To help your business implement AI in HR, we’ve created a five-step AI framework. This framework will help you achieve your AI-implementation goals while avoiding immediate disruption to your HR practice.
Your approach to AI adoption should be strategic and well-planned. To achieve that, we recommend using an “urgent vs. important matrix” to identify and prioritize AI applications:
List all the AI-based applications relevant to your HR practice, such as candidate scoring, attrition prediction, interactive chatbots, performance analytics, and resume parsing.
Classify these applications as important and not important. The important applications are the ones that will help you solve high-priority challenges. We recommend creating a table similar to the one below:
The next step is to classify these on the basis of urgency. Urgent applications are the ones that will help you solve imminent threats to your business. For instance, if your business’s current performance practices are perceived as unfair and are causing attrition, then "employee performance measurement" will be an urgent application. Sometimes, if a lot of your competitors are using an application, thereby giving them a considerable human resource advantage, these apps should also be classified as urgent. We recommend creating a similar table as below:
Use the tables above to create an ‘Urgent Important’ matrix similar to the one below:
After you’ve created the urgent versus important matrix, the next step is to establish a deployment timeline according to the matrix findings.
The top left, important and urgent application should take top priority on your list, followed by the urgent, but not important items, as failing to implement those could have negative consequences.
The next priority should be important, but not urgent applications, and finally, the bottom right box.
After you’ve completed these steps, the priority table would look like this:
Budget, especially for small and midsize businesses, is a key factor when purchasing a technology solution. For this reason, the next step is to select the set of applications that will fall in your budget. We recommend the following approach:
Check if your software vendor already offers these applications. Estimate the cost of an upgrade to include AI features.
Perform an online search to identify products and services specific to your AI requirements.
Set a yearly budget for AI implementation. For instance, if your budget is $2,000, you can select the top two applications from the table to prioritize for now:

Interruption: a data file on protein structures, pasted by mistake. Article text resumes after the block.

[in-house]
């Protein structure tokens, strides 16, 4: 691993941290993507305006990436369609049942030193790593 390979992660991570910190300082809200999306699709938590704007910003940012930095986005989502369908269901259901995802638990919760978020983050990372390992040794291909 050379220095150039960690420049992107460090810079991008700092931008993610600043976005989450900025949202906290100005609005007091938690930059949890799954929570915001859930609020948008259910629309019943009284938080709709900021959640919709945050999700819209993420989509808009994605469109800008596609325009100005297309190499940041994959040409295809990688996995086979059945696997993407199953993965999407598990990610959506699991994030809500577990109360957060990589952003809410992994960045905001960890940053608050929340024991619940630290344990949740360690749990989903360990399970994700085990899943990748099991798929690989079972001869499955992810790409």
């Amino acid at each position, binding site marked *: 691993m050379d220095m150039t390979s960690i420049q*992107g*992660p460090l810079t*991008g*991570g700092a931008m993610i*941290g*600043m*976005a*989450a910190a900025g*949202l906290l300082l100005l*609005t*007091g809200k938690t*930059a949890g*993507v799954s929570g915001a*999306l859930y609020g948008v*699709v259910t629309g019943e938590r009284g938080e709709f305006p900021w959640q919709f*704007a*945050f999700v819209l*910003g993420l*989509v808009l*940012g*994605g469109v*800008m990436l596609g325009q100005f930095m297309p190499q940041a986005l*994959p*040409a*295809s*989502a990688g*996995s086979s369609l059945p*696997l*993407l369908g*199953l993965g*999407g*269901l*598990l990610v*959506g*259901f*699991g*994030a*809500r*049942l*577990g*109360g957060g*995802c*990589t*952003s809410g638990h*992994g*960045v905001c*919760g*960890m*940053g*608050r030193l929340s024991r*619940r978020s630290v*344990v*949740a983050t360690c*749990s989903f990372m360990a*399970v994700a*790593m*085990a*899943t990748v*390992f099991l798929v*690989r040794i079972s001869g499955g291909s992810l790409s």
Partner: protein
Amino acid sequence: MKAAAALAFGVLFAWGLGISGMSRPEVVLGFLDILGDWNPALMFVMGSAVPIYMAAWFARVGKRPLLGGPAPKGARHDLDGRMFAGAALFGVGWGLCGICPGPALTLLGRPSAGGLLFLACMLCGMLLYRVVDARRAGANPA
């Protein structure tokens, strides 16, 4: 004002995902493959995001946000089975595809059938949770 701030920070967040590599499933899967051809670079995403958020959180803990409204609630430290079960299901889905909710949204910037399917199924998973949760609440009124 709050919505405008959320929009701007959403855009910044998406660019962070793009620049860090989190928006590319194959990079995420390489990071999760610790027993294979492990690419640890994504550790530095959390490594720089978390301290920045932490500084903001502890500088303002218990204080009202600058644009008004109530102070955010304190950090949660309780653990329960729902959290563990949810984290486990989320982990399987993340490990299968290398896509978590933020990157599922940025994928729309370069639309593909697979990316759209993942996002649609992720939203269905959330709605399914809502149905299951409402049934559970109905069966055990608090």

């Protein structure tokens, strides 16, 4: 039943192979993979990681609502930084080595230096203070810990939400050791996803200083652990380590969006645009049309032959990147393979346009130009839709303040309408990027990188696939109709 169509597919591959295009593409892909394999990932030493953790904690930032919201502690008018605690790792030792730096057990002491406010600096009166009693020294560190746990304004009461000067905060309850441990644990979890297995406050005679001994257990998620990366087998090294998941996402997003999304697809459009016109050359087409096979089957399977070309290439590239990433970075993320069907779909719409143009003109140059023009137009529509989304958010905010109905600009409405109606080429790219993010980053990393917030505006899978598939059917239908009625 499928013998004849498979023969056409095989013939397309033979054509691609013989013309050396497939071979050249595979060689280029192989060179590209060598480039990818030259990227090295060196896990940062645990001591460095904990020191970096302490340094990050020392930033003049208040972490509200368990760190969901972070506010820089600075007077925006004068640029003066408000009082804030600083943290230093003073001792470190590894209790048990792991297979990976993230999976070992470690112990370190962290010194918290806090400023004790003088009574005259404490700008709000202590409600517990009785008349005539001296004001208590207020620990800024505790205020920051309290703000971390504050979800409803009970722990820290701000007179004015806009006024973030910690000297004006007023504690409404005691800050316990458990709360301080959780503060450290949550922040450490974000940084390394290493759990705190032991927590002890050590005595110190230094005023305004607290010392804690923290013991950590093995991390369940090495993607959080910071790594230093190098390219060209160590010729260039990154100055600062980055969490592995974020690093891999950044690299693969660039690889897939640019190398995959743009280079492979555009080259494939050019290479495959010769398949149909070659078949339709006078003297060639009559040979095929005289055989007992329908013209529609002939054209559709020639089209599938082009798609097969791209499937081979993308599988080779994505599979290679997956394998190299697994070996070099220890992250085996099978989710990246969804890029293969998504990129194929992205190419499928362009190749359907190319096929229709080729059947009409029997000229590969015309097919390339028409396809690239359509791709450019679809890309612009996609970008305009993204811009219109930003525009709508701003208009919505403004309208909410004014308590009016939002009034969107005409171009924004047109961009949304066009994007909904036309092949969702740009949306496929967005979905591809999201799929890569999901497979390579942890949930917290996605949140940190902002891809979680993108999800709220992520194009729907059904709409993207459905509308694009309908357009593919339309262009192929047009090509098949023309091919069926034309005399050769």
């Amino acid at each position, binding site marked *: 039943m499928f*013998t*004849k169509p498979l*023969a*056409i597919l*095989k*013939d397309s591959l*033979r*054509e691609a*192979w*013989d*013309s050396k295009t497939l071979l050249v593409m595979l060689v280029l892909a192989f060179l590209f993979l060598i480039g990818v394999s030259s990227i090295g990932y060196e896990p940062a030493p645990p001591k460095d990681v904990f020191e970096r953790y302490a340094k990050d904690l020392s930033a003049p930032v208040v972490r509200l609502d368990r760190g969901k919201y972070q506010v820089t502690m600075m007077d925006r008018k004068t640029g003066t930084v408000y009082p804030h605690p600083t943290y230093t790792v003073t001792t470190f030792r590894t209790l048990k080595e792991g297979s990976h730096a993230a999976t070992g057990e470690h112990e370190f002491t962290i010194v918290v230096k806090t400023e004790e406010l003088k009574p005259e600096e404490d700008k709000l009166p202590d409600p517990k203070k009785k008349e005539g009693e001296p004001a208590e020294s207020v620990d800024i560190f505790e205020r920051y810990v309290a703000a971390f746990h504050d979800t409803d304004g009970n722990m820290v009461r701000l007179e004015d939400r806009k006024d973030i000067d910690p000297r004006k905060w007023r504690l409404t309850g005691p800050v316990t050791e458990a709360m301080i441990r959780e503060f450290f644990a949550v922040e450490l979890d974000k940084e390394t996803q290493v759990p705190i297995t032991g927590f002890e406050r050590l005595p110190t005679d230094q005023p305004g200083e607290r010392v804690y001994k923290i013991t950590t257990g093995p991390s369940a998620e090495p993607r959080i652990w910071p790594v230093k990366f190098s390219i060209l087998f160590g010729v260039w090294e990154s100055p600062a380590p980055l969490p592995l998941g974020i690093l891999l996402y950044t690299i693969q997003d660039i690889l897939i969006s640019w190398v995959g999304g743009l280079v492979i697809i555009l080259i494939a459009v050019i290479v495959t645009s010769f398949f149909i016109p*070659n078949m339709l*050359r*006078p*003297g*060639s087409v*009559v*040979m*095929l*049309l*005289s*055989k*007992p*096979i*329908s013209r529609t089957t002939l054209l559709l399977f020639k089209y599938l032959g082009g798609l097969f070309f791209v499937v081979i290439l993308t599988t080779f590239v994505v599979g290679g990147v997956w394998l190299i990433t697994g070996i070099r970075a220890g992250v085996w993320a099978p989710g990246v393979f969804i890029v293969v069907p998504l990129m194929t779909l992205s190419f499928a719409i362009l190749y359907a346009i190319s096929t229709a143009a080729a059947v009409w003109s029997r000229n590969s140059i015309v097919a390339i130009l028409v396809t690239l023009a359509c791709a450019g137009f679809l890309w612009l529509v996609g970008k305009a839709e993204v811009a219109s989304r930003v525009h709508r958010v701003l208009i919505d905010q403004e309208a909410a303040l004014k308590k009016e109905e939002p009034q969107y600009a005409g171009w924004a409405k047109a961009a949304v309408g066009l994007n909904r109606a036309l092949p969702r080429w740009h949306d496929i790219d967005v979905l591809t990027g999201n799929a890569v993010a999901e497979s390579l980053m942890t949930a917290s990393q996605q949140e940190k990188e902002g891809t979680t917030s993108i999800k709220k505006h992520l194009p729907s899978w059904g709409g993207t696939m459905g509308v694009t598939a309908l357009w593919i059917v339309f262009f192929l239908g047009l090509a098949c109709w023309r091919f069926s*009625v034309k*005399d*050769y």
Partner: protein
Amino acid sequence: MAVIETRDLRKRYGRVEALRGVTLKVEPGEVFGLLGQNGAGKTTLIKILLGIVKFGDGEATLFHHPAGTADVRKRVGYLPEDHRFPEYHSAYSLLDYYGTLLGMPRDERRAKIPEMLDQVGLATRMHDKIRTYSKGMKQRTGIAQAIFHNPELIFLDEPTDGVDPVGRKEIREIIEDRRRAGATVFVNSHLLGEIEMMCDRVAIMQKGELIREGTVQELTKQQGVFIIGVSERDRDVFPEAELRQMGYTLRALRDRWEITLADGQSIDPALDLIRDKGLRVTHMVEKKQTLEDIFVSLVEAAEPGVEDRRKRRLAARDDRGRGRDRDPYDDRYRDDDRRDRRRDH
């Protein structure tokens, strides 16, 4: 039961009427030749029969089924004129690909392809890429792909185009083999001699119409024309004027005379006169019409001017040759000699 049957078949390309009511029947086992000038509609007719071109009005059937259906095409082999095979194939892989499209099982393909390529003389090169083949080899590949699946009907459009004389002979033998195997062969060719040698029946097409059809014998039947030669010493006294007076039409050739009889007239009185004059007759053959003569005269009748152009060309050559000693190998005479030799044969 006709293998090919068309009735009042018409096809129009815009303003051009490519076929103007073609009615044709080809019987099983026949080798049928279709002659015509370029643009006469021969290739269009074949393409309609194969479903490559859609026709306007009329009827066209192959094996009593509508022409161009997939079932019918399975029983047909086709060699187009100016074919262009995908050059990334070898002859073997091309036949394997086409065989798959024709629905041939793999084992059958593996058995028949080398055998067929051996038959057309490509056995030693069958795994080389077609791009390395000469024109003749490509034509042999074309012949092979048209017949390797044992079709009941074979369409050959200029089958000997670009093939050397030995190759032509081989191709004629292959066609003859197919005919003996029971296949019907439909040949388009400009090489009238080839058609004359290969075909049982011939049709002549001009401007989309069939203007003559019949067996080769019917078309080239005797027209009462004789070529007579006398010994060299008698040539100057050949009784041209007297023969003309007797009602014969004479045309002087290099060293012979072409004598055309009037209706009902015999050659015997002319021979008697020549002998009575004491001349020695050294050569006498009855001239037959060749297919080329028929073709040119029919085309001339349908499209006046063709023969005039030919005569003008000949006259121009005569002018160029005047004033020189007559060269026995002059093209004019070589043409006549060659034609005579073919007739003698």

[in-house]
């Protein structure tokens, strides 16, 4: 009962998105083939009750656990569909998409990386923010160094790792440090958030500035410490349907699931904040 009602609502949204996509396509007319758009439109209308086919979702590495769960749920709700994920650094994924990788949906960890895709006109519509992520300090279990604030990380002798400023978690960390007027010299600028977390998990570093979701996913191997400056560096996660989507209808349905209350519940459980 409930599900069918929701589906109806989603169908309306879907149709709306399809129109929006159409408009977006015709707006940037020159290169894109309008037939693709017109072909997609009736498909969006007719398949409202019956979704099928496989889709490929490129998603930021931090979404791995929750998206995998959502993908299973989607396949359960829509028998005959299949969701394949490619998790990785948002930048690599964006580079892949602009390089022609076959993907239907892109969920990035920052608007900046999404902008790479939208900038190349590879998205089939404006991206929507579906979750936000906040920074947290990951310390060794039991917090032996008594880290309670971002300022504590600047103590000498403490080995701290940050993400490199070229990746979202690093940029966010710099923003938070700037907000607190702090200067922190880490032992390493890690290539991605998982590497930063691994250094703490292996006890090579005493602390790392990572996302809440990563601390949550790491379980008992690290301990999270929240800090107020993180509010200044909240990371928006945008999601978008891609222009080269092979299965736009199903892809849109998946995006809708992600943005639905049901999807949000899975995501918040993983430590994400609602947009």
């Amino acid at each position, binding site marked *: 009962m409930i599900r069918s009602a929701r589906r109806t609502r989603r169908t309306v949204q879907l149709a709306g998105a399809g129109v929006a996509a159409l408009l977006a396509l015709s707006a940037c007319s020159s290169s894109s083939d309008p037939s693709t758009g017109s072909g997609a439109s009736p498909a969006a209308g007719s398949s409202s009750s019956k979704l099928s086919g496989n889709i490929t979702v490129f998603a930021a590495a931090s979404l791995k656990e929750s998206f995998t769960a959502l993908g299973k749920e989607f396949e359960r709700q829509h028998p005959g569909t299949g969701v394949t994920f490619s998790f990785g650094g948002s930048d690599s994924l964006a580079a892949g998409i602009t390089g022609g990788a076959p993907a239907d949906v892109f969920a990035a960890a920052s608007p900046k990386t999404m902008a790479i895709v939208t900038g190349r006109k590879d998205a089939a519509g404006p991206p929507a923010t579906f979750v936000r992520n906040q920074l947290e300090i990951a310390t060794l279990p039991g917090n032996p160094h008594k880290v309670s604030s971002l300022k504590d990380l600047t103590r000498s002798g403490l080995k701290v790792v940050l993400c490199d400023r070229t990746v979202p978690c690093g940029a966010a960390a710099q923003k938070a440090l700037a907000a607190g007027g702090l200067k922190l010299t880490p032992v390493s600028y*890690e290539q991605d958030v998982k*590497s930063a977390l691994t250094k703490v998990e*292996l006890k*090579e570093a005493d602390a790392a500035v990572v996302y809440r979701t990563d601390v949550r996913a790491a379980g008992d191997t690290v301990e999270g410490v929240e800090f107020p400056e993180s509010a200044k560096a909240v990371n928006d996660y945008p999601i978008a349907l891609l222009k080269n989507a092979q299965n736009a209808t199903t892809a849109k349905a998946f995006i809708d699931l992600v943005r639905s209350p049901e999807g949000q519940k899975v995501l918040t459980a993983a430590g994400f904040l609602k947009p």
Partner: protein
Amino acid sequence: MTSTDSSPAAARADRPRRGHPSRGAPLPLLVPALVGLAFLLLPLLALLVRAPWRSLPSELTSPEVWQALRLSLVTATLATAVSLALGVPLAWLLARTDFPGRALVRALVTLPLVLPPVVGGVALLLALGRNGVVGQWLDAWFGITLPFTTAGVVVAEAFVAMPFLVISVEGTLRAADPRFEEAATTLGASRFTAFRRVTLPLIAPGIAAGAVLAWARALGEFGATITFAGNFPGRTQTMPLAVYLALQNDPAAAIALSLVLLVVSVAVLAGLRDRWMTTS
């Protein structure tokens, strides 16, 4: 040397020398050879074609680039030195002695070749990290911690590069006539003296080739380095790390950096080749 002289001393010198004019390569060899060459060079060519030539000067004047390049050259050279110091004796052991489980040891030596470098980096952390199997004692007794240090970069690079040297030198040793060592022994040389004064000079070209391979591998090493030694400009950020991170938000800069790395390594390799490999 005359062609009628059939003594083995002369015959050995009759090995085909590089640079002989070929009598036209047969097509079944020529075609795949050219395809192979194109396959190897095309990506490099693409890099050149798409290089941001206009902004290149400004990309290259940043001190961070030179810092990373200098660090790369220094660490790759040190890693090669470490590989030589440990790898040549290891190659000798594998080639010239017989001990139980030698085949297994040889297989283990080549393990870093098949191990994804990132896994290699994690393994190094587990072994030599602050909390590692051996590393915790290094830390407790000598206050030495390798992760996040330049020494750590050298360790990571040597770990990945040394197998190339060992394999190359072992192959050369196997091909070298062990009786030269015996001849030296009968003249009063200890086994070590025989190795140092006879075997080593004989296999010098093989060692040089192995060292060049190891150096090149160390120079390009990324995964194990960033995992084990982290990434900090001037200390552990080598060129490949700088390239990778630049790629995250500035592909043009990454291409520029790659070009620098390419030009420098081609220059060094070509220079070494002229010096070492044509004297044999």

The next step is to set a realistic deployment timeframe for each of the applications, targeting high-priority applications first.
The ideal way to set a timeline is to contact the vendor or service provider and inquire about the time required for complete deployment. It’s important to note that timeframe should not just include software implementation, but also the time it will take your staff to start using the software.
Employees are at the heart of a successful AI implementation strategy. For this reason, it is important that you start training your HR staff on how to use AI-based systems.
Identify the right stakeholders for AI projects: Look for team members who show an interest in AI and have the necessary background knowledge—employees with a background in analytics and that are currently using HR software are ideal targets.
Brief stakeholders on expectations: Create a set of objectives and share it with the selected staff members. This knowledge will help them create AI strategies in line with business expectations.
Sponsor AI-related courses: You can also select courses that align with your business objectives. For instance, you can train an employee on chatbots, and designate them with the responsibility of creating and deploying a chatbot solution.
After you’ve created a framework based on your business requirements, the next step is to future-proof it for long-term use. To ensure the success of your AI-strategy, there are two additional considerations you need to be mindful of while implementing AI strategy. These are:
Data security: AI-based solutions need extensive access to sensitive employee and company data, so you need to be extra cautious while evaluating these solutions for data security measures. To help you better secure your HR data while implementing
AI, we recommend using the 5-step framework to avoid a data breach.
Revise AI strategy quarterly: AI is evolving fast, bringing new innovations every day. In order to be competitive, you need to constantly assess the technological developments in the market, and revise the urgent-important matrix regularly.